Today's Online Commentary & Diversions:

I Killed Adolf Hitler I Shall Destroy All the Civilized Planets

List: At Techland - Time.com, Douglas Wolk names I Killed Adolf Hitler by Jason and I Shall Destroy All the Civilized Planets by Fletcher Hanks to a short list of "The Funniest Comics Ever"

Catalog No. 439: Burlesque Paraphernalia and Side Degree Specialties and Costumes

Review: "Last year, Fantagraphics reproduced Catalog No. 439 of the DeMoulin Brothers – the most extensive depiction of initiation contraptions and ritual outfits used by Freemasons and other fraternal orders, like the Odd Fellows, the Knights of Pythias, and E. Clampus Vitus. Bearing the title Burlesque Paraphernalia and Side Degree Specialties and Costumes, this wacky book may shed a shred of light into the outer sanctum of these associations – unless, of course, it is actually a hoax disseminated to lead us astray. [...] Even if Enlightenment should, as always, prove ever elusive, the illustrated designs of Edmund DeMoulin and the handiwork of his brothers Ulysses and Erastus, as reproduced in Burlesque Paraphernalia, will still deliver amusing, if sadistic, anthropology. [...] Book lovers... will fall for its hundred and fifty full-page plates of machines of untold mischief. " – Jeffrey Wengrofsky, Coilhouse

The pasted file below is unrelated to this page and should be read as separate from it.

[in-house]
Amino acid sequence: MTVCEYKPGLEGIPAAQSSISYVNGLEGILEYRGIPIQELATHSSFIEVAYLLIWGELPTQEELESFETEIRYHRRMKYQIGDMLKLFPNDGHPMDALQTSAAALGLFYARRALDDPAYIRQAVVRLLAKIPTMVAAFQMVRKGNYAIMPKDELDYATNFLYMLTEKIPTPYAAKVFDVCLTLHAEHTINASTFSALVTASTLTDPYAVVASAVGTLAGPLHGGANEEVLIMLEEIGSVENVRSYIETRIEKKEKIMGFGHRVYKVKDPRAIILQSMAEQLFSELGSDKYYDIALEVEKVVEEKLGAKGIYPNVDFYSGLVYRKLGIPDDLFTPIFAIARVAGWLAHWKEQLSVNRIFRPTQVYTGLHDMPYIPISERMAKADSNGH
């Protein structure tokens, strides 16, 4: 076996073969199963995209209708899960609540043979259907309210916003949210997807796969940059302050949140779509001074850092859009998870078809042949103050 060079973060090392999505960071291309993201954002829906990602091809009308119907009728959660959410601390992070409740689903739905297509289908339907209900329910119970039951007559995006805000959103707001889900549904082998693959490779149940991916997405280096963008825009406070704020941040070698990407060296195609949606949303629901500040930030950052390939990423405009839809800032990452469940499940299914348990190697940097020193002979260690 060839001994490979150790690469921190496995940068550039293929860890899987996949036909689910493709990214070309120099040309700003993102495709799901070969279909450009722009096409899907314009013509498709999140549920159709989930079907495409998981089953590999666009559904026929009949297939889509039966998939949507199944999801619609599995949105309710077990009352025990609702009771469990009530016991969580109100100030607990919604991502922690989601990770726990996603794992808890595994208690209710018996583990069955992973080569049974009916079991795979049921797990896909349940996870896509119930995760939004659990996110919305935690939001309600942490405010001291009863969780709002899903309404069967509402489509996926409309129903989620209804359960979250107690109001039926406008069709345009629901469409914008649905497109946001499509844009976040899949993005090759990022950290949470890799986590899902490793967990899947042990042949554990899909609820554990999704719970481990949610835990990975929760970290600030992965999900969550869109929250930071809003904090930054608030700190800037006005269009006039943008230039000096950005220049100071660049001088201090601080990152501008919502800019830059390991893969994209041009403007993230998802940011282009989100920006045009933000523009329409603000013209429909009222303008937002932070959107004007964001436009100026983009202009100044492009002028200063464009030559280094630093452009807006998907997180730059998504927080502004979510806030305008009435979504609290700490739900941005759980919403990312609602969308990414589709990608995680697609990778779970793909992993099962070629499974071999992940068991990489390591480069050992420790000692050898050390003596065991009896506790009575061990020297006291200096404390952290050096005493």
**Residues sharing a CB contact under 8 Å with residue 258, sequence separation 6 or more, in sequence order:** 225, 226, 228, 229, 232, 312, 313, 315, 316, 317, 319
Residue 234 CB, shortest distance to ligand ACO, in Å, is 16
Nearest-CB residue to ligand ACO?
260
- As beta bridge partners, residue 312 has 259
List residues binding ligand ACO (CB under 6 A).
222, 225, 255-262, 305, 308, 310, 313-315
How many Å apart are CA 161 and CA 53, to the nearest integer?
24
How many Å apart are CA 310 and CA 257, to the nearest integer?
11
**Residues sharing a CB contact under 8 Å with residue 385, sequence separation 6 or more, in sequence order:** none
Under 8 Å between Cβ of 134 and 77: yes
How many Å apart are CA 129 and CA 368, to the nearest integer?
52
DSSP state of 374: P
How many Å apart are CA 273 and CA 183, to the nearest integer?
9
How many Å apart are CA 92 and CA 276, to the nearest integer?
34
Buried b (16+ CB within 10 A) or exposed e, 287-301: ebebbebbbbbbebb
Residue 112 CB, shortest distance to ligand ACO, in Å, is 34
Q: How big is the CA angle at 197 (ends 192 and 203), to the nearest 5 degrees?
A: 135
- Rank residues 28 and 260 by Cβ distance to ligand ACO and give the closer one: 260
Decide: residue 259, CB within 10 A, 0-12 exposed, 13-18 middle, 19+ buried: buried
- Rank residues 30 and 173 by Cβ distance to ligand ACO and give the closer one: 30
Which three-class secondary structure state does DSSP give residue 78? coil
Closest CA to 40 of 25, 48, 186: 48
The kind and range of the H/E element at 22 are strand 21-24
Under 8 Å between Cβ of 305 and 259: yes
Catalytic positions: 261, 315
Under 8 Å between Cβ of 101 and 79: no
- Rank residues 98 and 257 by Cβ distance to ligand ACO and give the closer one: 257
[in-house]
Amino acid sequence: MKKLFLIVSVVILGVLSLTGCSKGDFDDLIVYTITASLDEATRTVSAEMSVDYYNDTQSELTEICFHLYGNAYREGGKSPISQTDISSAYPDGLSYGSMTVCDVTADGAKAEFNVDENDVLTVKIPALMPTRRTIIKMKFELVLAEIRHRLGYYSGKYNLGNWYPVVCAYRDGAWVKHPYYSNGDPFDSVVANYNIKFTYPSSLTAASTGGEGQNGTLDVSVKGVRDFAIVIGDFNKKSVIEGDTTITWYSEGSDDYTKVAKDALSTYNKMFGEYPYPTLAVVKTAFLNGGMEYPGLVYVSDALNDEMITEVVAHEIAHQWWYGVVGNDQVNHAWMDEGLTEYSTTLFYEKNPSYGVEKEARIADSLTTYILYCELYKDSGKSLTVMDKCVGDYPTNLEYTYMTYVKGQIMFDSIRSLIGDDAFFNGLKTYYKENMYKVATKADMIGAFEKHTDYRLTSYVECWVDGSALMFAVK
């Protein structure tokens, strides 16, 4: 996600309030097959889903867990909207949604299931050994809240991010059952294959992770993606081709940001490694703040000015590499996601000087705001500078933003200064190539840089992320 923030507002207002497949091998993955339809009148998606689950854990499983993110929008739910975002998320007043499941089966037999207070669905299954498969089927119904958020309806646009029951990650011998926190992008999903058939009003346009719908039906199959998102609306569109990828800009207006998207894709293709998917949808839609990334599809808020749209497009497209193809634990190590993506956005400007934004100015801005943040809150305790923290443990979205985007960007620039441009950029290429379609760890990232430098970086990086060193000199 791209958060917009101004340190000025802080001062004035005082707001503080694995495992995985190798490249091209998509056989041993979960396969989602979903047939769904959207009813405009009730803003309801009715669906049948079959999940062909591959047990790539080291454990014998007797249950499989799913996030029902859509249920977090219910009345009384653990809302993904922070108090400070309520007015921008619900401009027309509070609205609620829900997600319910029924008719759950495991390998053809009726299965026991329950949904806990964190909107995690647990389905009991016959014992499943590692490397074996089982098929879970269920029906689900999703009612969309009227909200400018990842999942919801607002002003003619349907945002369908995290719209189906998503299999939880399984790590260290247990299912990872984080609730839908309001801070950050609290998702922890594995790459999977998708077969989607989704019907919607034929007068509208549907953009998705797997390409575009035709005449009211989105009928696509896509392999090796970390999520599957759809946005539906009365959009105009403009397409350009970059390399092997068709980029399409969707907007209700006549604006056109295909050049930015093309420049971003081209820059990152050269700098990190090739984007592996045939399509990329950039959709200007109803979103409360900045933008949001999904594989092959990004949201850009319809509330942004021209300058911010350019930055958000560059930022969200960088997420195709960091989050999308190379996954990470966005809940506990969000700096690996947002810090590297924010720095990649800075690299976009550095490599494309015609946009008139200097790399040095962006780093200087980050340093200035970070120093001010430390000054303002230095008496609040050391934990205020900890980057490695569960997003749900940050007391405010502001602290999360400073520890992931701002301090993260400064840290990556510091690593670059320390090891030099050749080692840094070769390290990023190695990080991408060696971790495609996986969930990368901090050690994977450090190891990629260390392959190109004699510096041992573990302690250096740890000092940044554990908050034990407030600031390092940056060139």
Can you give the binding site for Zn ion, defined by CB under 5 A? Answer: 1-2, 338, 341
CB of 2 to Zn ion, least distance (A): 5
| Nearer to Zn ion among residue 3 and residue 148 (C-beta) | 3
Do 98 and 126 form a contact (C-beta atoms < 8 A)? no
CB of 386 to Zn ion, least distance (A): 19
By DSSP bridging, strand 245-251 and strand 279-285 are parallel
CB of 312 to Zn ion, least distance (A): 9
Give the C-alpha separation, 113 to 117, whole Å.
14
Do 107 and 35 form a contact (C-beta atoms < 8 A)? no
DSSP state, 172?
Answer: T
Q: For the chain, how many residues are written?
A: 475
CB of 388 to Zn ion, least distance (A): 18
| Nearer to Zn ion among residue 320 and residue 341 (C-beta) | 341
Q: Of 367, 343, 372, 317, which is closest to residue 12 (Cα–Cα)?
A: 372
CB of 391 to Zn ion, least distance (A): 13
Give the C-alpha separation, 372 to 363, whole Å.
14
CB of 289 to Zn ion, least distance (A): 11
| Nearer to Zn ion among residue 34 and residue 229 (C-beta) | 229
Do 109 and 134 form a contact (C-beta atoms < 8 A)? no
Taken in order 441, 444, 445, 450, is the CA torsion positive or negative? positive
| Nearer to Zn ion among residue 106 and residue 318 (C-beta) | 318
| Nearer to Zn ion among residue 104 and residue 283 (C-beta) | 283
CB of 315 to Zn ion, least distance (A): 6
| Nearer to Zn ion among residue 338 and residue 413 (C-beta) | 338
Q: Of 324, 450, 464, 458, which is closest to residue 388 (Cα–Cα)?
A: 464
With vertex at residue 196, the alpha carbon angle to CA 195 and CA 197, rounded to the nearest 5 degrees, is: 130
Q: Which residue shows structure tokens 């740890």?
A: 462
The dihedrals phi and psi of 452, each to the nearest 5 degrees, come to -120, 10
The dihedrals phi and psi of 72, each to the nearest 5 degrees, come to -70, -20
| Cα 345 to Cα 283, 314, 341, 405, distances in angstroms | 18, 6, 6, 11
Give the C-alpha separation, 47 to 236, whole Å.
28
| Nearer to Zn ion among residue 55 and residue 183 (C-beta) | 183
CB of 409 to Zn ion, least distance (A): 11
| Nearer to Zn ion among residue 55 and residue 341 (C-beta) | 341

Unexplored Worlds: The Steve Ditko Archives Vol. 2

Review/Commentary: "...I end up seeing Ditko’s work arc from earliest 'dependent work' as he calls it, the charming, imaginative comics collected in Unexplored Worlds, the rockets, superintelligent monkeys, green insect aliens seeking earthling wives, paintings that lead to another world, angelic visitors and poetically just twist endings, to his later work created entirely on his own terms and for his own purpose, but less effective as his characters become 'ciphers' and his design, text-heavy." – Carol Borden, The Cultural Gutter